Even a small decision like lacking the discipline to be consistent with the position of navigation bars is crucial in making your site design intutive.

use tooltips

Nobody wants to spend a whole minute to create an account. This is why you need to streamline the signup process and ensure minimal steps. Simplification and the reduction of redundant steps are key to retaining and converting visitors.

This is one of the most critical aspects of an intuitive UI. The fact remains that it is difficult to create a universal UI. While for some users your UI might be intuitive, there might be others who would disagree.

5. Make Sure the Website Loads Quickly

We are accustomed to certain patterns, and moving away from these patterns is just not user-friendly.

Given this, it is reasonable to ask what it means for a UI to be intuitive. Although every other designer uses this term, it’s hard to find a specific and meaningful explanation that defines intuitive UI properly.

making sure website loads quick

Conclusion

Editor’s note: This post is written by Manish Bhalla for Hongkiat.com. Manish is the founder and CEO of FATbit Technologies, a web agency that builds cutting-edge ecommerce solutions for startups. Manish counsels businesses on technology, online marketing tactics and help startups formulate the right strategy for their individual needs.

Imagine that you are looking to buy a luxury car. You head to a showroom. The salesperson takes you to the car, and you take a step forward to get in it while admiring its beauty. Just as you try to open the door handle, you realize that there is no door handle and instead of admiring the car, now your primary focus is figuring out how to get into the car.

User experience is often mistaken as visual appeal; in fact that’s only one part of it. The other significant factor is how well your product gets adopted by users. If you fail to effectively offer an intuitive UI that is easy to understand and can help complete intended tasks, then your visitors will probably move to a competing product that does.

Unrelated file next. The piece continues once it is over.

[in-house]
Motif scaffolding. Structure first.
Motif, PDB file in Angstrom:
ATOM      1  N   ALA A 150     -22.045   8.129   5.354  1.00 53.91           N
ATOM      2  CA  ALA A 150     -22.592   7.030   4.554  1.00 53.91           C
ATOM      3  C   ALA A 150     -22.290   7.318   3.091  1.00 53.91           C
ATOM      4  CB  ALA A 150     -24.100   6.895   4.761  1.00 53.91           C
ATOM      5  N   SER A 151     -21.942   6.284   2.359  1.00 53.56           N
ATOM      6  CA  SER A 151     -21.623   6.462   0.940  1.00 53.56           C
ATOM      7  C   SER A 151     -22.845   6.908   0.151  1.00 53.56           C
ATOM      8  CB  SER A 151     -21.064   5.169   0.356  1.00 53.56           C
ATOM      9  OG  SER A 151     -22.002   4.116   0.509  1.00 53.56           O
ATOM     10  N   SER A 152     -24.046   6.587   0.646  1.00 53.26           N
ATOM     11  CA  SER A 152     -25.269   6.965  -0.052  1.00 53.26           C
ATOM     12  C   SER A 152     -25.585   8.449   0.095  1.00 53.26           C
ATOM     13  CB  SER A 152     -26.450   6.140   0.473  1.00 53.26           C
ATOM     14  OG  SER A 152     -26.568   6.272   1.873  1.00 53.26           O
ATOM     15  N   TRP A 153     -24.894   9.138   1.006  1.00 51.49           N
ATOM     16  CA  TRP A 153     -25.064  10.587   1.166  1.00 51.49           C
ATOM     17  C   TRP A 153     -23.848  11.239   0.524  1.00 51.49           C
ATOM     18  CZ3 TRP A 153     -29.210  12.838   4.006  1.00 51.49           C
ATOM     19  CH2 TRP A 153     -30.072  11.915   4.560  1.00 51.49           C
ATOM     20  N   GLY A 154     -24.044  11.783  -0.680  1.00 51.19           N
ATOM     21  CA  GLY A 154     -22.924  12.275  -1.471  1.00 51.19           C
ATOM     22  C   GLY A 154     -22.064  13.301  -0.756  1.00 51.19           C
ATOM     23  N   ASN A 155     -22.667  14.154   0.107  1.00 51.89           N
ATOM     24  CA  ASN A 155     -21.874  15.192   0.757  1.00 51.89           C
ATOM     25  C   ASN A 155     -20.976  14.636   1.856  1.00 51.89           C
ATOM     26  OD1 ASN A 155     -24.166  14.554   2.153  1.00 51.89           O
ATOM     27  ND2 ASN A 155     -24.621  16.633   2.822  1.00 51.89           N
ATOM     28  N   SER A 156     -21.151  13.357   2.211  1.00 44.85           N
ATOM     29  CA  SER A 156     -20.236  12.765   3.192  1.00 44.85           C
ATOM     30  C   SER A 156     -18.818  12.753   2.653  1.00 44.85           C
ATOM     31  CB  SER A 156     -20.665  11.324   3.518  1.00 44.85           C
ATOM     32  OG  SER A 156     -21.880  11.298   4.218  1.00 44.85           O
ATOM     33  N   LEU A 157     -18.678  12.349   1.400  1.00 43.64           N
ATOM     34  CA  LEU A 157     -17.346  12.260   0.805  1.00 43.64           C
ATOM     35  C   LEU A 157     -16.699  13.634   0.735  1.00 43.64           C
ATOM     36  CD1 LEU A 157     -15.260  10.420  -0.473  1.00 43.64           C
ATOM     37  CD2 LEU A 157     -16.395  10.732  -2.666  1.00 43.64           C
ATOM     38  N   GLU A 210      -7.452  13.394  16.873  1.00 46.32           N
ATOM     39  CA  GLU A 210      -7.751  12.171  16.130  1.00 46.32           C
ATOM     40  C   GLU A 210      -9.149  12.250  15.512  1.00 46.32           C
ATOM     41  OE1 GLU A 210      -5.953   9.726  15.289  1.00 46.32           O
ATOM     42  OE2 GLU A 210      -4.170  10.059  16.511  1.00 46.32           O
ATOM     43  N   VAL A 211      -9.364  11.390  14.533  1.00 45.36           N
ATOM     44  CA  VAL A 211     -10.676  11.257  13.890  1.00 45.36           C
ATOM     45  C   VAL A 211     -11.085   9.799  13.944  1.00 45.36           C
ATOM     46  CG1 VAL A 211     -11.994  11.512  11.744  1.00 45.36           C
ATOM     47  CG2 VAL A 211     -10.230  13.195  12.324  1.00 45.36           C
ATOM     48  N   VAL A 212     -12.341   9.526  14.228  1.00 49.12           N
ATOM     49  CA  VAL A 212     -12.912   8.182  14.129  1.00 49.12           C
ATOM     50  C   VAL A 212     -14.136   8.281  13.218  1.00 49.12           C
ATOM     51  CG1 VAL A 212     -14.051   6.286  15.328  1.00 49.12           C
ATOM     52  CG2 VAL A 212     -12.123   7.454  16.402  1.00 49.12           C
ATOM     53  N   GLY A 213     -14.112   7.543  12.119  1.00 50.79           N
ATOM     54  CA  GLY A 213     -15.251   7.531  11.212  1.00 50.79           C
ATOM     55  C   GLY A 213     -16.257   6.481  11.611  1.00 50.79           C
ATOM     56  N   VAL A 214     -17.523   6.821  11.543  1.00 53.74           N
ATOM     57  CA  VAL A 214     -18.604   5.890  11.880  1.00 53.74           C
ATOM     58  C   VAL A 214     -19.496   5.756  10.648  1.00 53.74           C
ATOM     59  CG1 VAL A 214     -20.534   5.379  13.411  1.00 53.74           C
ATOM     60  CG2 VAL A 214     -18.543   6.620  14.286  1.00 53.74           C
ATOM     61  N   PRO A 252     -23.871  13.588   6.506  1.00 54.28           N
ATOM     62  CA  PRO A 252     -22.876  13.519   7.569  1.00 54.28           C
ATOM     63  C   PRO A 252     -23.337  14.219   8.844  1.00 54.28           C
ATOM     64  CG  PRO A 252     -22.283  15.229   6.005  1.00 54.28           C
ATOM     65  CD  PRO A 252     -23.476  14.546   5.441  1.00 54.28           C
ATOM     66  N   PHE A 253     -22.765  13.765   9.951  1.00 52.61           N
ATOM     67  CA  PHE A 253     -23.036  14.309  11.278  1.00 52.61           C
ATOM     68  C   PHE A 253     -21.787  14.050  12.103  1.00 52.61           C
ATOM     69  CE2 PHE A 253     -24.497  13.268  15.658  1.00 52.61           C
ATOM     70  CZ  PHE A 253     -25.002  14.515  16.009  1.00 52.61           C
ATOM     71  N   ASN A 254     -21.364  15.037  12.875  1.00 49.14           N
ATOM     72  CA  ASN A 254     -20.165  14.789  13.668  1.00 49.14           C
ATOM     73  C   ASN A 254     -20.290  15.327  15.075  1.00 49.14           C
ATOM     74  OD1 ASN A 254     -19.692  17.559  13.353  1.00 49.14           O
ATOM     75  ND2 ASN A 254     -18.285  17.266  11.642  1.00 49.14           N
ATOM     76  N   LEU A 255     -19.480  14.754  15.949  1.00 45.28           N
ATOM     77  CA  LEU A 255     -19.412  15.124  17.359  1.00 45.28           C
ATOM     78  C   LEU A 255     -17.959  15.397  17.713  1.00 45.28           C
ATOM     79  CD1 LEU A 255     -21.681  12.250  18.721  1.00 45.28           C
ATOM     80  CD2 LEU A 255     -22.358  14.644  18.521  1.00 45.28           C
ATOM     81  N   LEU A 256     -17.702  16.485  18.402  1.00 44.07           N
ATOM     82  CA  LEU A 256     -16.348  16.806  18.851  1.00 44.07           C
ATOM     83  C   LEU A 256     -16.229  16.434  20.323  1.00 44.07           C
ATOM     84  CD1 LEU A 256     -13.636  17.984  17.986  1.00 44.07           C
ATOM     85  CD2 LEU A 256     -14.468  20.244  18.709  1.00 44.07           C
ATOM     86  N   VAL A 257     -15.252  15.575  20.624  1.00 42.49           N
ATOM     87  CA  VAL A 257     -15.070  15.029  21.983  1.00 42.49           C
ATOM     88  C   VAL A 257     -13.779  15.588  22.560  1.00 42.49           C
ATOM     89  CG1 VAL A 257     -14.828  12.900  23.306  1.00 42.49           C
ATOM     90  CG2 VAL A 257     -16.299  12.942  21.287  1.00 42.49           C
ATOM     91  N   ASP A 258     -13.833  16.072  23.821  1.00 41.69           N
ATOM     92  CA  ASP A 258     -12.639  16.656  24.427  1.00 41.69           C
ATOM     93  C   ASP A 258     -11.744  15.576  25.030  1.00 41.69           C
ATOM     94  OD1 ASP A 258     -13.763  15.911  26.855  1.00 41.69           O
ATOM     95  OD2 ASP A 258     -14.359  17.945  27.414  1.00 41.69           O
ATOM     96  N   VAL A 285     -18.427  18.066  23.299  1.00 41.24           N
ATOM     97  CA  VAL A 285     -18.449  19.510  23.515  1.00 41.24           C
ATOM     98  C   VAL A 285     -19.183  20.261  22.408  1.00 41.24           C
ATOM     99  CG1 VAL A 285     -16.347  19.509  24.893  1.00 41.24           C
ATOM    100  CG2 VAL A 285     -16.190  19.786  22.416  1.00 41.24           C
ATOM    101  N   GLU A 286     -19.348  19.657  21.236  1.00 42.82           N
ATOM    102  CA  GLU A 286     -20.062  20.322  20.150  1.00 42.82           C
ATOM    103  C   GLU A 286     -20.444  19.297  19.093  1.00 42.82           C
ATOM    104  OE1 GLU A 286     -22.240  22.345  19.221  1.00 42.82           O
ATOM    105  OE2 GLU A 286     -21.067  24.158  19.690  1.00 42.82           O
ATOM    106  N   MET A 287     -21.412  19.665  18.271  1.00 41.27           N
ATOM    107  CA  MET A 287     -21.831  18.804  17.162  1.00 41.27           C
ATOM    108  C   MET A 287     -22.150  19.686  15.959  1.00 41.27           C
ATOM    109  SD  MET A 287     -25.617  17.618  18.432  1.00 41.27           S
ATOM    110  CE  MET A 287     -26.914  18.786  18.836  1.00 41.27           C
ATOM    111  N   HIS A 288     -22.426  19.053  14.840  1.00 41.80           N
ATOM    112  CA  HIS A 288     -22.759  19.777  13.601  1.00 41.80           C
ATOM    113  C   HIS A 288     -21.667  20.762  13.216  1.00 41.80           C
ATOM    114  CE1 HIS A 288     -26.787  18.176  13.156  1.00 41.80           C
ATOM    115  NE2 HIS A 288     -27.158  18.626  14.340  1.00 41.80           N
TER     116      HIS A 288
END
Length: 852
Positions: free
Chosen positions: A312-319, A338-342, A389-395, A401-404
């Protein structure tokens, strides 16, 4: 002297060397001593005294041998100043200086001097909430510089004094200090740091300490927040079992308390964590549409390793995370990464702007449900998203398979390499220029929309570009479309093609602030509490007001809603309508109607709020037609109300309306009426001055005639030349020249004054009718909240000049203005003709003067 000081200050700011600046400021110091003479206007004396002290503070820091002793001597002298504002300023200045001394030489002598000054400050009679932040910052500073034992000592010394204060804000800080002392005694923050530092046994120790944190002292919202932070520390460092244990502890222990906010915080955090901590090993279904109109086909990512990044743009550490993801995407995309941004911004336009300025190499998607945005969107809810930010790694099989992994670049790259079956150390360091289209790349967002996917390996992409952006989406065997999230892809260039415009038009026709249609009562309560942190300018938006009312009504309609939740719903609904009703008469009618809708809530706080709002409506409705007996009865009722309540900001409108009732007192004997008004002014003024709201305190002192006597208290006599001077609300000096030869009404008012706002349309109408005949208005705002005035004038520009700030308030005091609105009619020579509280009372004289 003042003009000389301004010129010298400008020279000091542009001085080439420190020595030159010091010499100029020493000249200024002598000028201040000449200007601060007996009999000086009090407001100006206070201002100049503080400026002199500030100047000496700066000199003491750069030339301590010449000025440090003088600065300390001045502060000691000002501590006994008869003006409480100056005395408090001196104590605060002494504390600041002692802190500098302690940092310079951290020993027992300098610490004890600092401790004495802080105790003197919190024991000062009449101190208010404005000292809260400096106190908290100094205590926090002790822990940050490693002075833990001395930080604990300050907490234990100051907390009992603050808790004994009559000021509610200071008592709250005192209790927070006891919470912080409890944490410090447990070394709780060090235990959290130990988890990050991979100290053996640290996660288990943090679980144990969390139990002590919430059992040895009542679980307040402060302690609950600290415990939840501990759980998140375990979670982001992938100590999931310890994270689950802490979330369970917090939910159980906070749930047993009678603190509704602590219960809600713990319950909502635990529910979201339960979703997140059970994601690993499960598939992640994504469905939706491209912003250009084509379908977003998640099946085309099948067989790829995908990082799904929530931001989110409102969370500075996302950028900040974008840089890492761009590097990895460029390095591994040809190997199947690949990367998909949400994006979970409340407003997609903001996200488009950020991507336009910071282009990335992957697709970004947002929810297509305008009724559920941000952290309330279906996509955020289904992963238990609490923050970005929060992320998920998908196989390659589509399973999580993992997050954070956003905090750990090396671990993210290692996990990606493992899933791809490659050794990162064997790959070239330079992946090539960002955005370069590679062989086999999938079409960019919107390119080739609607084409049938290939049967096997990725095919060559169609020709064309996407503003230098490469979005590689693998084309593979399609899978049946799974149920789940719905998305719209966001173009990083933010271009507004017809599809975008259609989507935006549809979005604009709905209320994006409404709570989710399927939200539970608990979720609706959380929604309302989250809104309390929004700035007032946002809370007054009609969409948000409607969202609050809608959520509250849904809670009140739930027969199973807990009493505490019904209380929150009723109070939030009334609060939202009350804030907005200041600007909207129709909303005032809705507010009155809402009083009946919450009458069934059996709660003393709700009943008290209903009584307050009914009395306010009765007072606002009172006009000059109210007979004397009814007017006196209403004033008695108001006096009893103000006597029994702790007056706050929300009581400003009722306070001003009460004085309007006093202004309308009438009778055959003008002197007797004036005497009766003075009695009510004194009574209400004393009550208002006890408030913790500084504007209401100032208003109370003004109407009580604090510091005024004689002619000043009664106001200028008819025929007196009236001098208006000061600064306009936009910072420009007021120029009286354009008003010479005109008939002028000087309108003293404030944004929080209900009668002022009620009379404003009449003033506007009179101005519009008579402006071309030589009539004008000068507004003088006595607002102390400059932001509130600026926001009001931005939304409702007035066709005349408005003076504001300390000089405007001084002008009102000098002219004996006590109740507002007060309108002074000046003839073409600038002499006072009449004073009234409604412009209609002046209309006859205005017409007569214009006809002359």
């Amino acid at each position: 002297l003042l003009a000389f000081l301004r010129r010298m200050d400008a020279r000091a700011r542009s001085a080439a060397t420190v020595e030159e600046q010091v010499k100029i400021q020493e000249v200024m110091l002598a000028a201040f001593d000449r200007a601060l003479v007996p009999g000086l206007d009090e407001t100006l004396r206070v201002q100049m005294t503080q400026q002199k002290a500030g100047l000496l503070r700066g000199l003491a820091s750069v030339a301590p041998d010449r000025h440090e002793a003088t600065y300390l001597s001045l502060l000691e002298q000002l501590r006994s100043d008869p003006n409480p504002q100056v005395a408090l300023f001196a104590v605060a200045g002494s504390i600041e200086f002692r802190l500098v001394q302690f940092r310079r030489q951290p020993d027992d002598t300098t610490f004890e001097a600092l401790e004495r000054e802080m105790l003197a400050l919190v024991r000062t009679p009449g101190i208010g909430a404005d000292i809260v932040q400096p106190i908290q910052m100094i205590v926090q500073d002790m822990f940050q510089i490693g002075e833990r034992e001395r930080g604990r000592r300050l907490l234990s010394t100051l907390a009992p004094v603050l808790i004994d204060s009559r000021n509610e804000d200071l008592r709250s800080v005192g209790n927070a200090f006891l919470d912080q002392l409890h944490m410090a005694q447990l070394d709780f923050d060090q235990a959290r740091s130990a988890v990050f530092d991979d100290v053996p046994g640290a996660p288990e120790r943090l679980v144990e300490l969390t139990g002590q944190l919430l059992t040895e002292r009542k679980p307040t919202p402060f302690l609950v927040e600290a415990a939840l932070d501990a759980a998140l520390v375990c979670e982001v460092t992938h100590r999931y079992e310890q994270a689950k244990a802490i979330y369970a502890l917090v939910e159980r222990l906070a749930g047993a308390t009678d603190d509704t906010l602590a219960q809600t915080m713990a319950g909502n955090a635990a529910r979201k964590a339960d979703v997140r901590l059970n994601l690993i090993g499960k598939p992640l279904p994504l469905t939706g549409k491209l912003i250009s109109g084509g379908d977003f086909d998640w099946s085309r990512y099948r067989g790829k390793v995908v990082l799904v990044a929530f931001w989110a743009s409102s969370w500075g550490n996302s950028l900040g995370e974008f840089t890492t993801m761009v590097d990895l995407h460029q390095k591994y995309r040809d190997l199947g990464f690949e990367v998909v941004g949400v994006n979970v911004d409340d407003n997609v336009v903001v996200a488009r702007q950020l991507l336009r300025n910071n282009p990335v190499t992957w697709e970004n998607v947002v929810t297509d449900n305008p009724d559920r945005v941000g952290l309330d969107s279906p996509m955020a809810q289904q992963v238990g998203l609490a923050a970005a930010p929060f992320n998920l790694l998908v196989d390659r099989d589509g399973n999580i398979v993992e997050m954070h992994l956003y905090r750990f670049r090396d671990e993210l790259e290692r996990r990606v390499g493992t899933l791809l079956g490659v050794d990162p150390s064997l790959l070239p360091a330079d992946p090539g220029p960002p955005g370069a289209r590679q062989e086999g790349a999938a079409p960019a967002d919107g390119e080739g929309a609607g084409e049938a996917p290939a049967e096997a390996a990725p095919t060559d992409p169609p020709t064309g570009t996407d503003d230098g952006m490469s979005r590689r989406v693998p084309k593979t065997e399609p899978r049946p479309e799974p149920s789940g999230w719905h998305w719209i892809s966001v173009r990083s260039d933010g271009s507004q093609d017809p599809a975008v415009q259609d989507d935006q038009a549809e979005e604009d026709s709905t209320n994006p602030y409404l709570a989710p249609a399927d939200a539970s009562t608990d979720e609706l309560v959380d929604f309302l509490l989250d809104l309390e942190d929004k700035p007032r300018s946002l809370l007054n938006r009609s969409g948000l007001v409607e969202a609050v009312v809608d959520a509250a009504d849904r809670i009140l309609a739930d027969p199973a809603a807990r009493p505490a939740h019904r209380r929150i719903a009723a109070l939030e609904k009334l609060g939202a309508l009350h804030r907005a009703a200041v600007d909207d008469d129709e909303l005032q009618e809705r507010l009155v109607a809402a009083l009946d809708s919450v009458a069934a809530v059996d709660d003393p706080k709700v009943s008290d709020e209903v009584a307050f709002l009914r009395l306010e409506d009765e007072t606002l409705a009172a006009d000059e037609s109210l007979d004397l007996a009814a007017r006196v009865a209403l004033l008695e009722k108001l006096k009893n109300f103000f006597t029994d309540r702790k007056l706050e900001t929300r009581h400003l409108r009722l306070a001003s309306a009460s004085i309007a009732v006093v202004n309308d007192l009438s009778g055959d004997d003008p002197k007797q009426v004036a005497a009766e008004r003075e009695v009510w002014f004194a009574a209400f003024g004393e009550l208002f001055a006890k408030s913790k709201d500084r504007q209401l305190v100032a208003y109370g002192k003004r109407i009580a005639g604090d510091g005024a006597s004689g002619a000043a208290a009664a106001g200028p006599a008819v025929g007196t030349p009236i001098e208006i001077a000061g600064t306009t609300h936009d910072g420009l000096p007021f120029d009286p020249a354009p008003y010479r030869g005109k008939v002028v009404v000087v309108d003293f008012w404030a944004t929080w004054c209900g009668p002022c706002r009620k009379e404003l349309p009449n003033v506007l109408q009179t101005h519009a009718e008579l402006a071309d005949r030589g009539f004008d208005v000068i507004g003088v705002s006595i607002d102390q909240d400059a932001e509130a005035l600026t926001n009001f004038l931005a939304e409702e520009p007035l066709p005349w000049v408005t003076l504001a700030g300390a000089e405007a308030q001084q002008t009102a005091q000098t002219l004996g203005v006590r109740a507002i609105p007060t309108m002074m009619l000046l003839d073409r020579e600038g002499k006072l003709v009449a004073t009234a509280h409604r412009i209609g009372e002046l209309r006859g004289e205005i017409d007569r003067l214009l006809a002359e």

How to Use CSS3 Transitions & Animations to Highlight UI Changes

Although CSS3 offers great ways to build sophisticated animations, it’s usually harder to create them than transitions, that’s why there are many great animation libraries out there, which can facilitate our work.

In the example below you can see a cool animated dropdown menu. The animation starts when we click on the button. This is achieved by adding extra classes to the list elements with jQuery when the click event occurs.

Bridget Riley Fall, 1963

Fall (1963) by Bridget Riley, Tate Modern, picture courtesy of Flickr.com

Transitions and animations are both used to visualize changes in the state of an HTML element by modifying one or more of its CSS properties.

Transitions

We could use the shorthand animation property as well, or could define the keyframes with the more simple from {} to {} rule in the following way:

We can alter more than one CSS property in one transition, in this case the code above would be modified like this: transition-property: background, border;. We can also use the transition-property: all;, if we don’t want to specify each property separately.

We can choose the shorthand transition property as well. If we do so, we always need to pay attention to the proper order of the inner properties (see the syntax in the docs).

The most important thing with both transitions and animations is that we always need to specify the CSS properties that will be modified during the state change. With transitions it looks like this:

If we want to visualize state changes with more complicated movements, or if we don’t have an explicit trigger, e.g. if we want to start the effect when the page loads, animations are the way to go.

  1. They always have a beginning and an end state.
  2. The states between the start and end points are implicitly defined by the browser, we can’t change that with CSS.
  3. They require explicit triggering, such as adding a new pseudoclass by CSS, or a new class by jQuery.